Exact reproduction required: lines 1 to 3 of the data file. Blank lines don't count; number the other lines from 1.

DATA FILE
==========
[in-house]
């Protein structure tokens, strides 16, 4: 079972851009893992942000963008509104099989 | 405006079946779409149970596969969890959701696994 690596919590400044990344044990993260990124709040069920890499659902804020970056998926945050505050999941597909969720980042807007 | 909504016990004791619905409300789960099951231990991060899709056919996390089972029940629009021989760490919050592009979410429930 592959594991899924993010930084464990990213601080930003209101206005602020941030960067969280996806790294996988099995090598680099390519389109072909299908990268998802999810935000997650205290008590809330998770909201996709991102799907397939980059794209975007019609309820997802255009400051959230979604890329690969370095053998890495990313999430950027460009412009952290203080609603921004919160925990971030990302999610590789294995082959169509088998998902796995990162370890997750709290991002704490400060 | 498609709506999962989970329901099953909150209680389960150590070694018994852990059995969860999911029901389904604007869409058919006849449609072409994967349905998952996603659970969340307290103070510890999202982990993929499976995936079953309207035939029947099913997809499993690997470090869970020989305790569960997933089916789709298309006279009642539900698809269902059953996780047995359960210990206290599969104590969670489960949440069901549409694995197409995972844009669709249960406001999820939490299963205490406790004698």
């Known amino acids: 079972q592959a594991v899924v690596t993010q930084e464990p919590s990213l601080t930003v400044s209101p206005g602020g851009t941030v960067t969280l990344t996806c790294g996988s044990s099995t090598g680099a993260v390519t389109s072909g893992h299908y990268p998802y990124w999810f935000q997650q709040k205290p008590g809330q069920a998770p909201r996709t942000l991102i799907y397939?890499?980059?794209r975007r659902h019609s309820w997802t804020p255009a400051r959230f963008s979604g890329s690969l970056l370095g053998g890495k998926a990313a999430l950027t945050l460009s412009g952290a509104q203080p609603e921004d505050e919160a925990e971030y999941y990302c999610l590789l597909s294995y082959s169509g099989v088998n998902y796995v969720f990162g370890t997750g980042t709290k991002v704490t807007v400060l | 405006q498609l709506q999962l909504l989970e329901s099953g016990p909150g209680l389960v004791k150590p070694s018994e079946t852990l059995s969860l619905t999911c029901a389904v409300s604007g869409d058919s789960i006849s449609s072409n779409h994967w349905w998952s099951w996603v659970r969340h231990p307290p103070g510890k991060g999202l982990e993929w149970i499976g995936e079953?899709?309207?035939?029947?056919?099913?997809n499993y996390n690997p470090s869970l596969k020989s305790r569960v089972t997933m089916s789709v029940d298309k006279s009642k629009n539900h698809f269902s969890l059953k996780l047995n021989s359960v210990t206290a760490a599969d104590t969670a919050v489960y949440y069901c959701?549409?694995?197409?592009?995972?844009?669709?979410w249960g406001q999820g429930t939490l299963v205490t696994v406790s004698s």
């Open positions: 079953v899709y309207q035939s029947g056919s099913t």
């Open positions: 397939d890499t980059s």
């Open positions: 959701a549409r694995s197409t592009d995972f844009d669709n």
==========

[in-house]
């Protein structure tokens, strides 16, 4: 079972851009893992942000963008509104099989 | 405006079946779409149970596969969890959701696994 690596919590400044990344044990993260990124709040069920890499659902804020970056998926945050505050999941597909969720980042807007 | 909504016990004791619905409300789960099951231990991060899709056919996390089972029940629009021989760490919050592009979410429930 592959594991899924993010930084464990990213601080930003209101206005602020941030960067969280996806790294996988099995090598680099390519389109072909299908990268998802999810935000997650205290008590809330998770909201996709991102799907397939980059794209975007019609309820997802255009400051959230979604890329690969370095053998890495990313999430950027460009412009952290203080609603921004919160925990971030990302999610590789294995082959169509088998998902796995990162370890997750709290991002704490400060 | 498609709506999962989970329901099953909150209680389960150590070694018994852990059995969860999911029901389904604007869409058919006849449609072409994967349905998952996603659970969340307290103070510890999202982990993929499976995936079953309207035939029947099913997809499993690997470090869970020989305790569960997933089916789709298309006279009642539900698809269902059953996780047995359960210990206290599969104590969670489960949440069901549409694995197409995972844009669709249960406001999820939490299963205490406790004698």
């Known amino acids: 079972q592959a594991v899924v690596t993010q930084e464990p919590s990213l601080t930003v400044s209101p206005g602020g851009t941030v960067t969280l990344t996806c790294g996988s044990s099995t090598g680099a993260v390519t389109s072909g893992h299908y990268p998802y990124w999810f935000q997650q709040k205290p008590g809330q069920a998770p909201r996709t942000l991102i799907y397939?890499?980059?794209r975007r659902h019609s309820w997802t804020p255009a400051r959230f963008s979604g890329s690969l970056l370095g053998g890495k998926a990313a999430l950027t945050l460009s412009g952290a509104q203080p609603e921004d505050e919160a925990e971030y999941y990302c999610l590789l597909s294995y082959s169509g099989v088998n998902y796995v969720f990162g370890t997750g980042t709290k991002v704490t807007v400060l | 405006q498609l709506q999962l909504l989970e329901s099953g016990p909150g209680l389960v004791k150590p070694s018994e079946t852990l059995s969860l619905t999911c029901a389904v409300s604007g869409d058919s789960i006849s449609s072409n779409h994967w349905w998952s099951w996603v659970r969340h231990p307290p103070g510890k991060g999202l982990e993929w149970i499976g995936e079953?899709?309207?035939?029947?056919?099913?997809n499993y996390n690997p470090s869970l596969k020989s305790r569960v089972t997933m089916s789709v029940d298309k006279s009642k629009n539900h698809f269902s969890l059953k996780l047995n021989s359960v210990t206290a760490a599969d104590t969670a919050v489960y949440y069901c959701?549409?694995?197409?592009?995972?844009?669709?979410w249960g406001q999820g429930t939490l299963v205490t696994v406790s004698s």